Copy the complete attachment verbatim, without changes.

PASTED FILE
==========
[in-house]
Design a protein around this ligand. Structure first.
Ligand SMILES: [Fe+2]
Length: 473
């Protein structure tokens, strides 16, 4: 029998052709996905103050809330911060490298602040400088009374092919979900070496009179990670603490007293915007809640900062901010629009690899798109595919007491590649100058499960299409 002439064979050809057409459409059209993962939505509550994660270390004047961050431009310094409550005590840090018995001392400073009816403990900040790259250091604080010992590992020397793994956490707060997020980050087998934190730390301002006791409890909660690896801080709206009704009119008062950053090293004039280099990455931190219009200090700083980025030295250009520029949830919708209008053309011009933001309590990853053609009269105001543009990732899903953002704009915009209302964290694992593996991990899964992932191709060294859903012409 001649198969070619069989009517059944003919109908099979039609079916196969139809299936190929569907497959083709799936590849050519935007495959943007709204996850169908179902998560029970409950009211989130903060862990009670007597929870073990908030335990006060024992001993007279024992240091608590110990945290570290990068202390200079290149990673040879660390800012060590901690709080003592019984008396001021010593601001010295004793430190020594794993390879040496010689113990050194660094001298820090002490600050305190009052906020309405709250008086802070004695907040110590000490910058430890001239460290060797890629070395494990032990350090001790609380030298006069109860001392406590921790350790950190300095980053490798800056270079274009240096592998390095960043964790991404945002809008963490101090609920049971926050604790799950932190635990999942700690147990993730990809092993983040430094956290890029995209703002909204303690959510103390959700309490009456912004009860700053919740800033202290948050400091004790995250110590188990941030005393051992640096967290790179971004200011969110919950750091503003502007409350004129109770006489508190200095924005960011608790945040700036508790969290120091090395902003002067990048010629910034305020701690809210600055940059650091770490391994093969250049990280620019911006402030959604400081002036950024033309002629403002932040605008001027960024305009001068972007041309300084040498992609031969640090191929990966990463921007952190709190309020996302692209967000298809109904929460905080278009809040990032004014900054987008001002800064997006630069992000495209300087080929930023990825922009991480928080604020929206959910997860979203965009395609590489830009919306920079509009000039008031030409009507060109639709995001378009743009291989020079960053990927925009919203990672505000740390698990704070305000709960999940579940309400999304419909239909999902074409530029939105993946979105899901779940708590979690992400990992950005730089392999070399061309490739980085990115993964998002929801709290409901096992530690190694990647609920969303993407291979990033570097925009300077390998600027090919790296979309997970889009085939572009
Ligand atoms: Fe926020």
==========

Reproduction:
[in-house]
Design a protein around this ligand. Structure first.
Ligand SMILES: [Fe+2]
Length: 473
């Protein structure tokens, strides 16, 4: 029998052709996905103050809330911060490298602040400088009374092919979900070496009179990670603490007293915007809640900062901010629009690899798109595919007491590649100058499960299409 002439064979050809057409459409059209993962939505509550994660270390004047961050431009310094409550005590840090018995001392400073009816403990900040790259250091604080010992590992020397793994956490707060997020980050087998934190730390301002006791409890909660690896801080709206009704009119008062950053090293004039280099990455931190219009200090700083980025030295250009520029949830919708209008053309011009933001309590990853053609009269105001543009990732899903953002704009915009209302964290694992593996991990899964992932191709060294859903012409 001649198969070619069989009517059944003919109908099979039609079916196969139809299936190929569907497959083709799936590849050519935007495959943007709204996850169908179902998560029970409950009211989130903060862990009670007597929870073990908030335990006060024992001993007279024992240091608590110990945290570290990068202390200079290149990673040879660390800012060590901690709080003592019984008396001021010593601001010295004793430190020594794993390879040496010689113990050194660094001298820090002490600050305190009052906020309405709250008086802070004695907040110590000490910058430890001239460290060797890629070395494990032990350090001790609380030298006069109860001392406590921790350790950190300095980053490798800056270079274009240096592998390095960043964790991404945002809008963490101090609920049971926050604790799950932190635990999942700690147990993730990809092993983040430094956290890029995209703002909204303690959510103390959700309490009456912004009860700053919740800033202290948050400091004790995250110590188990941030005393051992640096967290790179971004200011969110919950750091503003502007409350004129109770006489508190200095924005960011608790945040700036508790969290120091090395902003002067990048010629910034305020701690809210600055940059650091770490391994093969250049990280620019911006402030959604400081002036950024033309002629403002932040605008001027960024305009001068972007041309300084040498992609031969640090191929990966990463921007952190709190309020996302692209967000298809109904929460905080278009809040990032004014900054987008001002800064997006630069992000495209300087080929930023990825922009991480928080604020929206959910997860979203965009395609590489830009919306920079509009000039008031030409009507060109639709995001378009743009291989020079960053990927925009919203990672505000740390698990704070305000709960999940579940309400999304419909239909999902074409530029939105993946979105899901779940708590979690992400990992950005730089392999070399061309490739980085990115993964998002929801709290409901096992530690190694990647609920969303993407291979990033570097925009300077390998600027090919790296979309997970889009085939572009
Ligand atoms: Fe926020």